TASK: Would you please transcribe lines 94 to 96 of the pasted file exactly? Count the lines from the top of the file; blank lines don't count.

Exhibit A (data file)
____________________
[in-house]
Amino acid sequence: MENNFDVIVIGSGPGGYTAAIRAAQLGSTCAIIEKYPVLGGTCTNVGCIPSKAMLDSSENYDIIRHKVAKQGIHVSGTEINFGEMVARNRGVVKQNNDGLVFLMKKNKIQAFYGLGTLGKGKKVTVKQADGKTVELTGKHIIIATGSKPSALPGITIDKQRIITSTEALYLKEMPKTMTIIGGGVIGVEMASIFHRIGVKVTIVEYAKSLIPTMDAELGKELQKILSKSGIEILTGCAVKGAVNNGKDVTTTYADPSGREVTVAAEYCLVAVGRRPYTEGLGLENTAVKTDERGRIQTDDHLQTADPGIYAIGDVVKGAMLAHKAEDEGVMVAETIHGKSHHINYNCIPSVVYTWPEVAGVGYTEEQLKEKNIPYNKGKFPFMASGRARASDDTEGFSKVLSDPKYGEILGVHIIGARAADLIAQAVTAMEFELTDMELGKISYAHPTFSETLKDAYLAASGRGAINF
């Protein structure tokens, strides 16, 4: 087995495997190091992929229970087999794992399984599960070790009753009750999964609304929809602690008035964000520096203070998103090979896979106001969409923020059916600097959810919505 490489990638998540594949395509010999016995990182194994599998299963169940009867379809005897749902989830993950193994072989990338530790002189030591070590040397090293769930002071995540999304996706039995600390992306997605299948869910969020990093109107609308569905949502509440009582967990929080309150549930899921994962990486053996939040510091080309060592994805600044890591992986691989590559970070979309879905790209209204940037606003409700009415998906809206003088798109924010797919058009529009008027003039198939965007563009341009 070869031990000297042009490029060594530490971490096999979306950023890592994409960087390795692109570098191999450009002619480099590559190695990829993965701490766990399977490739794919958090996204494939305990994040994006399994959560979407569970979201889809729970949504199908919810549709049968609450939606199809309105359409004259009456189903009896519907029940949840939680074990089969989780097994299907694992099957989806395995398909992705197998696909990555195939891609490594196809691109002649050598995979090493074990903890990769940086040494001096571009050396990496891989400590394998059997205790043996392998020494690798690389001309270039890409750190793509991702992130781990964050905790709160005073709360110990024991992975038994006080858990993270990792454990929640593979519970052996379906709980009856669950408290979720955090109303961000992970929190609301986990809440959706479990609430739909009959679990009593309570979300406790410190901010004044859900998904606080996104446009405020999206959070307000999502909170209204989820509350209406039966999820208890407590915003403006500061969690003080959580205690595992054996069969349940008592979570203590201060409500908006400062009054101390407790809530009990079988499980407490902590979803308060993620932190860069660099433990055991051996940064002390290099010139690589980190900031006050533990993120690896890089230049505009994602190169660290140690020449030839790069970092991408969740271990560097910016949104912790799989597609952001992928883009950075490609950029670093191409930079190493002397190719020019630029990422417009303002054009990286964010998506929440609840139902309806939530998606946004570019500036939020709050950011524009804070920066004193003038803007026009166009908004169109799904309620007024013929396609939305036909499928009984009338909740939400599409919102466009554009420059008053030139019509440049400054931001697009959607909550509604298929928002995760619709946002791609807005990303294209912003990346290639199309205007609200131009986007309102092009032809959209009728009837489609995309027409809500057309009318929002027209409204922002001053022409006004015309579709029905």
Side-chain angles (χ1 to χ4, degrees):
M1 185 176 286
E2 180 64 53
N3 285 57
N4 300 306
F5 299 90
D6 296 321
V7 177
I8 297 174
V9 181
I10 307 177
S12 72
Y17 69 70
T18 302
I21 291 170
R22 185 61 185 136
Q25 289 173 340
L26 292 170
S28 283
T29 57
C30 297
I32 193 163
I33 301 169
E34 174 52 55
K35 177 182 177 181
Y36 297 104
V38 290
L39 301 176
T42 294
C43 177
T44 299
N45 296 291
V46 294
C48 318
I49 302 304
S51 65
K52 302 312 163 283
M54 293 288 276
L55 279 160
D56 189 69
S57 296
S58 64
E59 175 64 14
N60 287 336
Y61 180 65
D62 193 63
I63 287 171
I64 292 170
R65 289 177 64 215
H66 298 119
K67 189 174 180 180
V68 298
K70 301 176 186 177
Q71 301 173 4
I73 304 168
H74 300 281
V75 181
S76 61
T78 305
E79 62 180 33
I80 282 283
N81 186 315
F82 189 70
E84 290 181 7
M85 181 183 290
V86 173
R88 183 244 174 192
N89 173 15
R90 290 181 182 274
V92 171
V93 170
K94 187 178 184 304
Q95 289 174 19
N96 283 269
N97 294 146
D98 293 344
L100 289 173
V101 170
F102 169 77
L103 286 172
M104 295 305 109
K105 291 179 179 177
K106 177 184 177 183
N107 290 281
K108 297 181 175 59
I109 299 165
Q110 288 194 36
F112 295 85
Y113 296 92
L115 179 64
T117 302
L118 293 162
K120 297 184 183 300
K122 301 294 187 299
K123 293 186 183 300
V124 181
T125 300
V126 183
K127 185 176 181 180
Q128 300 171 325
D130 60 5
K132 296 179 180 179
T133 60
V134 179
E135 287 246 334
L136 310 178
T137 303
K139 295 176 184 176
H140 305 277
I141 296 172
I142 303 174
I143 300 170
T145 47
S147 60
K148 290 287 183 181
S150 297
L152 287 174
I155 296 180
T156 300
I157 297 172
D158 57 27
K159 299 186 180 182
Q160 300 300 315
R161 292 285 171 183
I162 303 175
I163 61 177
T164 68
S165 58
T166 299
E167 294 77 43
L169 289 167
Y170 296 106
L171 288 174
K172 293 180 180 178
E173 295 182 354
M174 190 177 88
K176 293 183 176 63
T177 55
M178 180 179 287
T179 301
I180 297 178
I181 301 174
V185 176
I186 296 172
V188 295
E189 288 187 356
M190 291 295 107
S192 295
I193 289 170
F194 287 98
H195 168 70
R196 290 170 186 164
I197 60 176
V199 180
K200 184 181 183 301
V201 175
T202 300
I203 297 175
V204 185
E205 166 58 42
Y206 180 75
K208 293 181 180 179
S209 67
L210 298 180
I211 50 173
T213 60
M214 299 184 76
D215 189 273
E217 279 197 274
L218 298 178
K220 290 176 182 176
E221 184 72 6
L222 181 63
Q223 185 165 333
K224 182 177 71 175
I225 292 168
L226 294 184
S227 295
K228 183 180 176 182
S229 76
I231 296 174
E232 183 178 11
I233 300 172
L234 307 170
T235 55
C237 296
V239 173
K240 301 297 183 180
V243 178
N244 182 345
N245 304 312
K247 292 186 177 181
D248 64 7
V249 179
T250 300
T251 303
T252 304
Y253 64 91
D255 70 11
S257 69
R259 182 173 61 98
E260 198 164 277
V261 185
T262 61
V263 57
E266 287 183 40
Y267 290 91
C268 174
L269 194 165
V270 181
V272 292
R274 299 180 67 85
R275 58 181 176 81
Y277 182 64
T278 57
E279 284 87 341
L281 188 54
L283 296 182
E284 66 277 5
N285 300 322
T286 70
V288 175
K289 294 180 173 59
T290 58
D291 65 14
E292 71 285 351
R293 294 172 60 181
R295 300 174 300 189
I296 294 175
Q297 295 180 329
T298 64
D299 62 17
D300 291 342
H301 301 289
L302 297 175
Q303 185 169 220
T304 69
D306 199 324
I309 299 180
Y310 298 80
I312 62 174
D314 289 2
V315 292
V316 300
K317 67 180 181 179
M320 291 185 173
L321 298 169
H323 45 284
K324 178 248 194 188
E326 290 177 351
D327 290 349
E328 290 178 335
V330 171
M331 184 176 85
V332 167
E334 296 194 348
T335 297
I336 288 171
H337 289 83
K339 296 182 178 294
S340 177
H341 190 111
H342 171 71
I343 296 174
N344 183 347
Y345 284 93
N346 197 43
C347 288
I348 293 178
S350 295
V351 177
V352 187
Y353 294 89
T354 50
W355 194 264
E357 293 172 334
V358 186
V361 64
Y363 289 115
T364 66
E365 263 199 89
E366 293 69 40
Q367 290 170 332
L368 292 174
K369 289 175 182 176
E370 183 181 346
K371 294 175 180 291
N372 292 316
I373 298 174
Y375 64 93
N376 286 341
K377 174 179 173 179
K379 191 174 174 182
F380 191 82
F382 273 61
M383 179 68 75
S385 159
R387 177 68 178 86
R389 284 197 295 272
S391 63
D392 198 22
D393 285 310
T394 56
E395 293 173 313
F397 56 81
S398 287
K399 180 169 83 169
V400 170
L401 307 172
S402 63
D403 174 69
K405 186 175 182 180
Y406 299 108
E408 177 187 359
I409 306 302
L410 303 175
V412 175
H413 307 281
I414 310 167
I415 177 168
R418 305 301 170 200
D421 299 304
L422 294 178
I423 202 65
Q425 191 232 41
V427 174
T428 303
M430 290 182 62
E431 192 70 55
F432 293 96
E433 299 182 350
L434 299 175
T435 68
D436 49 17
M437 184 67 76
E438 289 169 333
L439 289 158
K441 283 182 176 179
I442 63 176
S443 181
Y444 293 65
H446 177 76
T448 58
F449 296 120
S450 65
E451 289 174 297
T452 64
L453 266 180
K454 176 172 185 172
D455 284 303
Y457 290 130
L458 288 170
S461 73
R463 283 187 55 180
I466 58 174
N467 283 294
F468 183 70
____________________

T117 302
L118 293 162
K120 297 184 183 300